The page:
Monday, July 6, 2009

St. Francis of Assisi

St. Francis of Assisi gouache on paper 7"X9.5"

St. Francis of Assisi is the patron saint of animals and the environment. Known, and much loved for his wisdom and gentleness, he wrote the beautiful "Canticle of Brother Sun," a poem/prayer thanking God for all aspects of the natural world that He created.

During the process of making this painting I re-read the canticle several times and tried to choose a quote to express the particular aspect of St. Francis I was contemplating. Nothing was just right, and I couldn't move forward and complete the piece without it. Oddly enough the thing that brought my intentions into sharp focus was an act of hatred.

My wonderful husband, the artist Marcus Kwame Anderson, had run out on a late night trip to the store to get medicine for a sick friend who was staying with us. He stopped for gas, and on his way in to pay a woman gave him a dirty look and slammed the door on him. We live in the predominately white suburb of Clifton Park in upstate New York. My husband's long dreadlocks and brown skin frequently draw stares and at times openly hostile behavior from people who have allowed themselves to be backwards and ignorant. When he came home and told me about the incident my initial reaction was a deep, angry disgust. Though I know my husband can take care of himself, I still wanted to smack that nasty lady's face off. I fantasized about shaking her by the collar until her tiny little pea head flopped back and forth, yelling in her face, "get a clue, use your brain, read a book, and stop living like a complete asshole!" I wanted to confront her in such a swift and violent manner she would immediately be ashamed at being caught and called out for her terrible behavior. I wanted to hurl bolts of lightening at her and reduce her to a little pile of ash.

It was still on my mind the next day as I sat down to paint. I grimly tried to choose a quote but of course it just wasn't working out. Fortunately, the Dalai Llama came to my mind. Then Jesus. I reminded myself that their way would be one of detachment, compassion and prayer. I thought of how horrible it would be to actually be that lady, someone so sick, so messed up, so morally backwards and so spiritually out of touch that she would treat another person, a total stranger, my incredibly kind and compassionate husband no less, in such a way. What a terrible way to live. So I prayed for her. I asked God to help her be a better, happier, non-toxic human being, for her sake and for the sake of others. Then I prayed for my husband, that God protect him from racist shitheads, and that God help those same shitheads to take responsibility for healing themselves instead of lashing out at others. I really got a lot of peace from that. Feeling centered, I re-read the Canticle. "Happy those who endure in peace." I got that feeling of rightness in my gut. Up until that point I had been searching for St. Francis and using the painting to bring him into focus for myself. Now I felt how large and far-reaching his message is, and everything came together.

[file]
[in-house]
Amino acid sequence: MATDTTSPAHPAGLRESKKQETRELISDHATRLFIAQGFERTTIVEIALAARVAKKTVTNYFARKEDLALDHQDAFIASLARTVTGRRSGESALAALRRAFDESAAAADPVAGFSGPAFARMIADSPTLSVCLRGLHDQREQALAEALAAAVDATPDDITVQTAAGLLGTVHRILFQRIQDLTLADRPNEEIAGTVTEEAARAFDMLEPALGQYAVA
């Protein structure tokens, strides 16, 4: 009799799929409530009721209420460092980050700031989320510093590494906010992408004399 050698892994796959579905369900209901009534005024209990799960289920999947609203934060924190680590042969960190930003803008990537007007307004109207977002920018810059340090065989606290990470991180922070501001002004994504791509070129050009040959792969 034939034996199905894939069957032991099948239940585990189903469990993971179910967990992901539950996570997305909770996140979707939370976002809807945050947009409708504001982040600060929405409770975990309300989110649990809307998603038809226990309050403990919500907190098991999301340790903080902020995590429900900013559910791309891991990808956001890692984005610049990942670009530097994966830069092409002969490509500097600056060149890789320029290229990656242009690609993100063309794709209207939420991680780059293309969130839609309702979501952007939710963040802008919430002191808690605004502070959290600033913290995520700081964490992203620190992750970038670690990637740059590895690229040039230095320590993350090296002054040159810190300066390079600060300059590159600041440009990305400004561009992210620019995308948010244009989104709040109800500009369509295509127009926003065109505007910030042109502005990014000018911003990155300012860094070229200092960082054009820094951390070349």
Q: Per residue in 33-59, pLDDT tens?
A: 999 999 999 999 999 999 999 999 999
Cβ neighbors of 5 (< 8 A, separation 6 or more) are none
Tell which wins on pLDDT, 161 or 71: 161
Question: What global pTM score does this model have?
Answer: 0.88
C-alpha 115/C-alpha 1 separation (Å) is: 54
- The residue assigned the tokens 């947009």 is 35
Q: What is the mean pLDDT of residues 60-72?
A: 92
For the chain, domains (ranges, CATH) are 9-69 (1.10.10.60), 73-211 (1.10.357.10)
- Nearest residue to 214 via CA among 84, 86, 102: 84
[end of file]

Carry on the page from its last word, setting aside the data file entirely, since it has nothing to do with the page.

When we are at peace with ourselves we can live in peace with others, with compassion towards our fellow creatures, and in harmony with our planet.The quote also reminded me that achieving peace means standing back from all of the artificial constructs of modern American society that are harming us physically and spiritually: the illusion that the borders between countries indicate a difference in our humanity, animal testing, agri-business, pollution, a capitalist system that resembles piracy more and more every day, a culture based on consumerism, a social and economic structure that promotes exclusion and division instead of unity, a focus on material things over the well being of our souls, and a general ignorance of the fact that the way we are in the world, how we choose to walk through this life, is immeasurably more important than what we own, where we live, and what we drive. I don't think this means we should let unacceptable behavior slide. I think it means we should confront it with a response that ultimately promotes peace, even if I have to get up in someones face to do it. I really hope I can channel the teachings of St. Francis, the Dalai Lama, and Jesus when the occasion arises. I really do.